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News of negative oil prices has been prominent in the news worldwide this week – something that was not even thought possible by most investors just a few weeks ago. It is not the first time we’ve seen unusual movements in financial assets. After all, negative bond yields were once seen as irrational and are now common. Nevertheless, a negative oil price certainly catches attention.

How did negative oil prices happen? We have to understand there is a technicality in the oil market which makes it quite different to other financial assets, such as stocks and shares. The key factor is that oil, like other commodities, will ultimately be physically delivered and needs to be transported and stored. Oil is typically exchanged among participants using futures contracts. These are standardised agreements, which are traded on an exchange, for delivery of an asset at a specific date in the future. Whereas for financial assets there is generally no physical delivery, just cash exchanged at the contract expiration, in the case of oil or other commodity contracts, problems of storage and transport really matter.

What has traded with a negative value recently isn’t the entire oil market but one specific type of contract linked to American oil, West Texas Intermediate (WTI) – specifically the one with short maturity. Here, short maturity implies delivery this month or next.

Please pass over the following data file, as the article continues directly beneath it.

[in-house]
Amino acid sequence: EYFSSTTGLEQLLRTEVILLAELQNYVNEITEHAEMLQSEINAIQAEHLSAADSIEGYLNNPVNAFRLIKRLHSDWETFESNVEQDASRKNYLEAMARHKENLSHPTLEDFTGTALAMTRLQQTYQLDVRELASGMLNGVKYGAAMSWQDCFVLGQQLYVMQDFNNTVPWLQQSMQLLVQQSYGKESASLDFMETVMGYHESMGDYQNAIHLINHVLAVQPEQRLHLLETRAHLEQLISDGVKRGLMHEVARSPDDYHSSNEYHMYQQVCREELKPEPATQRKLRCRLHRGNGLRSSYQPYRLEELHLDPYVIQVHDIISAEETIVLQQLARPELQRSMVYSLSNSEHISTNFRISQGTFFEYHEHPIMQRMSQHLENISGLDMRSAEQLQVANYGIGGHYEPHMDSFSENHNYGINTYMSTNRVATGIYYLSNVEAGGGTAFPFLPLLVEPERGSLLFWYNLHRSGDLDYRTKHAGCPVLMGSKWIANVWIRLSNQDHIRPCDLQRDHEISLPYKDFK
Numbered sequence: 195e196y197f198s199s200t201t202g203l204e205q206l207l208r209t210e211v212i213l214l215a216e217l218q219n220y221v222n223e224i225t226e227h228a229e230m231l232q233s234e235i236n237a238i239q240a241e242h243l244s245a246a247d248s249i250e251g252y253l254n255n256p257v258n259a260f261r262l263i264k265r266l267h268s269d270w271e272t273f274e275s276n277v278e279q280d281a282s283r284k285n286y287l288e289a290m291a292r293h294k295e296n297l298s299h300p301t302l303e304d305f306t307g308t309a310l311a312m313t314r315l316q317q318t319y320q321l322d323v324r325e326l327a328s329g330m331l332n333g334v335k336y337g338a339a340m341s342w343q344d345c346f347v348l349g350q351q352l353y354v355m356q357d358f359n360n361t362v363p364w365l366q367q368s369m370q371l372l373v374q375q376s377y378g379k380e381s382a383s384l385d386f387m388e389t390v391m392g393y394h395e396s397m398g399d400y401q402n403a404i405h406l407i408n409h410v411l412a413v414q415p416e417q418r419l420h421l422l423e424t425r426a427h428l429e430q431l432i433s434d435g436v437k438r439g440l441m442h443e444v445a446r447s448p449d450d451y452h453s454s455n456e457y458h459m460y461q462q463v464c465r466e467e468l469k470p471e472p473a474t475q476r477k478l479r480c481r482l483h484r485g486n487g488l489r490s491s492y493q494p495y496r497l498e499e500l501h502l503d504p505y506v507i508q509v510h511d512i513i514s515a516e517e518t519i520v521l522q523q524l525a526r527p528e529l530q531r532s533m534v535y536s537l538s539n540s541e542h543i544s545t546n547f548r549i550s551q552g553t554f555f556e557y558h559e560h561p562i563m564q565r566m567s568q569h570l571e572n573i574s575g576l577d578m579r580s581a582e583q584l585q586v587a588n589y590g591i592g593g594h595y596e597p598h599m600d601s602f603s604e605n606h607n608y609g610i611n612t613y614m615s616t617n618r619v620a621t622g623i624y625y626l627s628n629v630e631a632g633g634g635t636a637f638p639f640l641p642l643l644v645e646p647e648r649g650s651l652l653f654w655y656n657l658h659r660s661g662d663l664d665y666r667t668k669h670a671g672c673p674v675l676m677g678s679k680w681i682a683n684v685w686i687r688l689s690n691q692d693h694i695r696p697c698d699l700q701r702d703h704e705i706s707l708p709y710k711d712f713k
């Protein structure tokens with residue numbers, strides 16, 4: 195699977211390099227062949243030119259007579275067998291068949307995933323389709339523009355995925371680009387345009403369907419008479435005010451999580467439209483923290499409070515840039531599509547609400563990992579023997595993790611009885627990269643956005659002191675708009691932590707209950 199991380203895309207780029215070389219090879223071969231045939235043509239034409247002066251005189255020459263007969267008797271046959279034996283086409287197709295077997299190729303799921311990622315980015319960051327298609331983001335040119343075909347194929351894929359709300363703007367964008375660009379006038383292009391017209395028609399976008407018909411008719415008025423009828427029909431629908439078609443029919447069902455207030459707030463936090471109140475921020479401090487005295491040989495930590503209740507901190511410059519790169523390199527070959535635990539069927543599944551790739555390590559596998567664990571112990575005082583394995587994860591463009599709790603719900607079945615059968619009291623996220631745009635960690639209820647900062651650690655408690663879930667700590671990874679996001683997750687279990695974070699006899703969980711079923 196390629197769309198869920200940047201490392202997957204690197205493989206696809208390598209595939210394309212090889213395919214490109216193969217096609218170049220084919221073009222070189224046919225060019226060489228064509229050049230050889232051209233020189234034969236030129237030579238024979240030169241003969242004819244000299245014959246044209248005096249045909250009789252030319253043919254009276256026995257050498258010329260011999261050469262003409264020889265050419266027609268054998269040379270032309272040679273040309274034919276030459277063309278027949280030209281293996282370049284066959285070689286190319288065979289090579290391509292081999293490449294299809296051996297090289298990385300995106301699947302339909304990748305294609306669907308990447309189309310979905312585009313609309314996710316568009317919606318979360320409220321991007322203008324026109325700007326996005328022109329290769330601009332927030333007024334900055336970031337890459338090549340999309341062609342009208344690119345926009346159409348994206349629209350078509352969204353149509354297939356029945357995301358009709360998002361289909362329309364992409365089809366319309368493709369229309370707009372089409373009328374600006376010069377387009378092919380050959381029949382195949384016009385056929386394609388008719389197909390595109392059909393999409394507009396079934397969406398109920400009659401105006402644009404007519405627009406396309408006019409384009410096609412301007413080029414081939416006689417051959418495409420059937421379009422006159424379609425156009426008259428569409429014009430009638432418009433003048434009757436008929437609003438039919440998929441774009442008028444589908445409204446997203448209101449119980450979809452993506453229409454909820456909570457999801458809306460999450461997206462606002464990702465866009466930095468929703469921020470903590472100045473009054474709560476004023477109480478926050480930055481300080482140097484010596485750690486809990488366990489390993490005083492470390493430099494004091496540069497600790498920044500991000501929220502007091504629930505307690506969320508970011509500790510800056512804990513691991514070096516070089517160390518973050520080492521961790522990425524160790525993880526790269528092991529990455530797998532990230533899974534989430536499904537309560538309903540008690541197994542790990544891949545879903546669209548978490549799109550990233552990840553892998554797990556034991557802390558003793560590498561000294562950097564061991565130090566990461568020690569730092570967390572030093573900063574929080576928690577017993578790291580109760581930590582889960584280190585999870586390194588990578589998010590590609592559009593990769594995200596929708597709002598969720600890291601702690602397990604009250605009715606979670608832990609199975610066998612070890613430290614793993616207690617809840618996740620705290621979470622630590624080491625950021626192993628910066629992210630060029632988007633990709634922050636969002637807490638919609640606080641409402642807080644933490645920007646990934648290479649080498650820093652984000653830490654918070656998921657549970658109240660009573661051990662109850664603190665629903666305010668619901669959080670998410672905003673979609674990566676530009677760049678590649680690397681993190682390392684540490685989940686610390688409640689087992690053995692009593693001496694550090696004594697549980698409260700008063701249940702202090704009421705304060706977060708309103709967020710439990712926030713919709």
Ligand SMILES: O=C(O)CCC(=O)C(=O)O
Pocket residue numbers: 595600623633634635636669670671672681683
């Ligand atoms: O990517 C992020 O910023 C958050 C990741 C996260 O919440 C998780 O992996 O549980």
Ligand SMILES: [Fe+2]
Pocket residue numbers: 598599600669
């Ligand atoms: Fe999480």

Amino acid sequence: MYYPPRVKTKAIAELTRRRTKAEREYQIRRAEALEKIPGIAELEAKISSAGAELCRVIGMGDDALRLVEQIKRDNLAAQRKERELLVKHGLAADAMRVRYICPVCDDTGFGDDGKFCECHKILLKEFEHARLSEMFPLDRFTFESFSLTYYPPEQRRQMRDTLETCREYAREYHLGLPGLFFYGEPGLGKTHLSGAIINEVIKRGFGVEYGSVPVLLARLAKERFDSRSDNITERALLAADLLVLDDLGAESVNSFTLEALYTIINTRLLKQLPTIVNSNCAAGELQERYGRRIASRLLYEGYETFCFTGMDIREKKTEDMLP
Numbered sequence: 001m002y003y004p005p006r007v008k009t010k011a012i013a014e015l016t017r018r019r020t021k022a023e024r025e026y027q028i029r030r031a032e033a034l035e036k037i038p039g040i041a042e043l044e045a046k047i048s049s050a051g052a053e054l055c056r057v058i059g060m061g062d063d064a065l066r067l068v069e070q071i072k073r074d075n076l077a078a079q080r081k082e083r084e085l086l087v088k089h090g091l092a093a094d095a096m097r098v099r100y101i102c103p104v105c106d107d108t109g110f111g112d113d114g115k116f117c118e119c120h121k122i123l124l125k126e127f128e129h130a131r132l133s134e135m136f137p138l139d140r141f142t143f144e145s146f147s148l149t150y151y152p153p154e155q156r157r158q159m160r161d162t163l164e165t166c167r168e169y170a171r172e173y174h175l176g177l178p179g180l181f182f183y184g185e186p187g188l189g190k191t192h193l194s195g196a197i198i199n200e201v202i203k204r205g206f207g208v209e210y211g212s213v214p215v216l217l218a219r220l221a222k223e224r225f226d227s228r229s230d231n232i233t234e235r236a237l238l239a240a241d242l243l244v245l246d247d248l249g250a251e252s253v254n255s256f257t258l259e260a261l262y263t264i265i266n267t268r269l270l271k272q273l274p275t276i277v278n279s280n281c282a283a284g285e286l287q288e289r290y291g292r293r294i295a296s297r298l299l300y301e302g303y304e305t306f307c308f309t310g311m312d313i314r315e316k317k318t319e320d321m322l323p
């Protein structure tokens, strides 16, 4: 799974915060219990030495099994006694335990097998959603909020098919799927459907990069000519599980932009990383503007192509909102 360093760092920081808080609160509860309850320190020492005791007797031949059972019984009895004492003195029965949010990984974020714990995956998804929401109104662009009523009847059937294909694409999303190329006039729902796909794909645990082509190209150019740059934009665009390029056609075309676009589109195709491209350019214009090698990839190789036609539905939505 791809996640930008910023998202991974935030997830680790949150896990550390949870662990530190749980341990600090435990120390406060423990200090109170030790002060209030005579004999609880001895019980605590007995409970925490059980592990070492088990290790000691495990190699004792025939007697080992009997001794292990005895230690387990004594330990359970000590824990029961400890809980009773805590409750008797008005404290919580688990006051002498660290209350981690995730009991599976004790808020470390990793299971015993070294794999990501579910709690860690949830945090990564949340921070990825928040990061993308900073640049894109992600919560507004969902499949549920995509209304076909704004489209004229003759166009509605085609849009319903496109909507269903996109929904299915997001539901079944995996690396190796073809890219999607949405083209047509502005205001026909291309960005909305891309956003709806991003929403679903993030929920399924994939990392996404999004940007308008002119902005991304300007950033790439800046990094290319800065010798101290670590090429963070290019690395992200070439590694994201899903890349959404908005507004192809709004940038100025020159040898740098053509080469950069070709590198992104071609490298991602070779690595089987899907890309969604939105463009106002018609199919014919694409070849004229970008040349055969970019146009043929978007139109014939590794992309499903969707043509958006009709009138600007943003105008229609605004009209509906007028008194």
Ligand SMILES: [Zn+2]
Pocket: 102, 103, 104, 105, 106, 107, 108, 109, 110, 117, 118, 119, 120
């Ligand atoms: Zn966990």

Why has the price of WTI gone below zero?

There are two reasons for this unprecedented collapse in the oil market. First, lockdowns to slow the spread of coronavirus have reduced demand for oil in the short term. Transport usually consumes more than 60% of oil produced – that’s mainly a combination of road transport (about 50%) and aviation (about 8%), see chart below.

Second, the production of oil has remained at a high level due to growth in US shale oil production and the recent rift among the OPEC members and their allies. All these factors together created lower demand, high supply and limited storage capacity in the US. As a result, sellers have been forced to accept a very low price for their oil, in some cases paying buyers to take it off their hands.

Source: Oil 2017 OECD/IEA Report, 2017

Source: Oil 2017 OECD/IEA Report 2017

Commodity ETFs: why Nutmeg does not hold them

Here, we should highlight the impact of a certain type of exchange-traded fund (ETF), namely commodity ETFs. These are ETFs that invest in physical commodities, such as oil, often by trading in futures contracts. As you may know, we build Nutmeg portfolios using ETFs, and regularly review the commodity ETF landscape; however, we have never approved a commodity ETF for use in Nutmeg portfolios with the exception of a gold ETF based on a different mechanism.